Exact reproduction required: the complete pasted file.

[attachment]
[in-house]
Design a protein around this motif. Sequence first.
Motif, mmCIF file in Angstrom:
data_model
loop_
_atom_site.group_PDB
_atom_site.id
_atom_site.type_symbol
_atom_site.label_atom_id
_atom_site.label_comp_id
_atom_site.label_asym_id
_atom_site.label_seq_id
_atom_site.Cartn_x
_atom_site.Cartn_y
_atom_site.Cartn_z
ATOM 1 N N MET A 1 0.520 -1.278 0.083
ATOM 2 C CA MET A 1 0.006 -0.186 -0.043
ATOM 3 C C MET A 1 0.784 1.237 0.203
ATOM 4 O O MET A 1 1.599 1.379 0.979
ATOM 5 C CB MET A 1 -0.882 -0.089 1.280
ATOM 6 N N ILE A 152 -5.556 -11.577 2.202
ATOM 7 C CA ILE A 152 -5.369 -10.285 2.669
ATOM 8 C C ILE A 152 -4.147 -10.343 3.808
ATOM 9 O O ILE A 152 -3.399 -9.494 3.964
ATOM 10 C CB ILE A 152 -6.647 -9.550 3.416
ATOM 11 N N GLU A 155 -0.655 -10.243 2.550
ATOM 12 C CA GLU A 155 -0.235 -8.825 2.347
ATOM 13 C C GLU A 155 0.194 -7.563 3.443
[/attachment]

[in-house]
Design a protein around this motif. Sequence first.
Motif, mmCIF file in Angstrom:
data_model
loop_
_atom_site.group_PDB
_atom_site.id
_atom_site.type_symbol
_atom_site.label_atom_id
_atom_site.label_comp_id
_atom_site.label_asym_id
_atom_site.label_seq_id
_atom_site.Cartn_x
_atom_site.Cartn_y
_atom_site.Cartn_z
ATOM 1 N N MET A 1 0.520 -1.278 0.083
ATOM 2 C CA MET A 1 0.006 -0.186 -0.043
ATOM 3 C C MET A 1 0.784 1.237 0.203
ATOM 4 O O MET A 1 1.599 1.379 0.979
ATOM 5 C CB MET A 1 -0.882 -0.089 1.280
ATOM 6 N N ILE A 152 -5.556 -11.577 2.202
ATOM 7 C CA ILE A 152 -5.369 -10.285 2.669
ATOM 8 C C ILE A 152 -4.147 -10.343 3.808
ATOM 9 O O ILE A 152 -3.399 -9.494 3.964
ATOM 10 C CB ILE A 152 -6.647 -9.550 3.416
ATOM 11 N N GLU A 155 -0.655 -10.243 2.550
ATOM 12 C CA GLU A 155 -0.235 -8.825 2.347
ATOM 13 C C GLU A 155 0.194 -7.563 3.443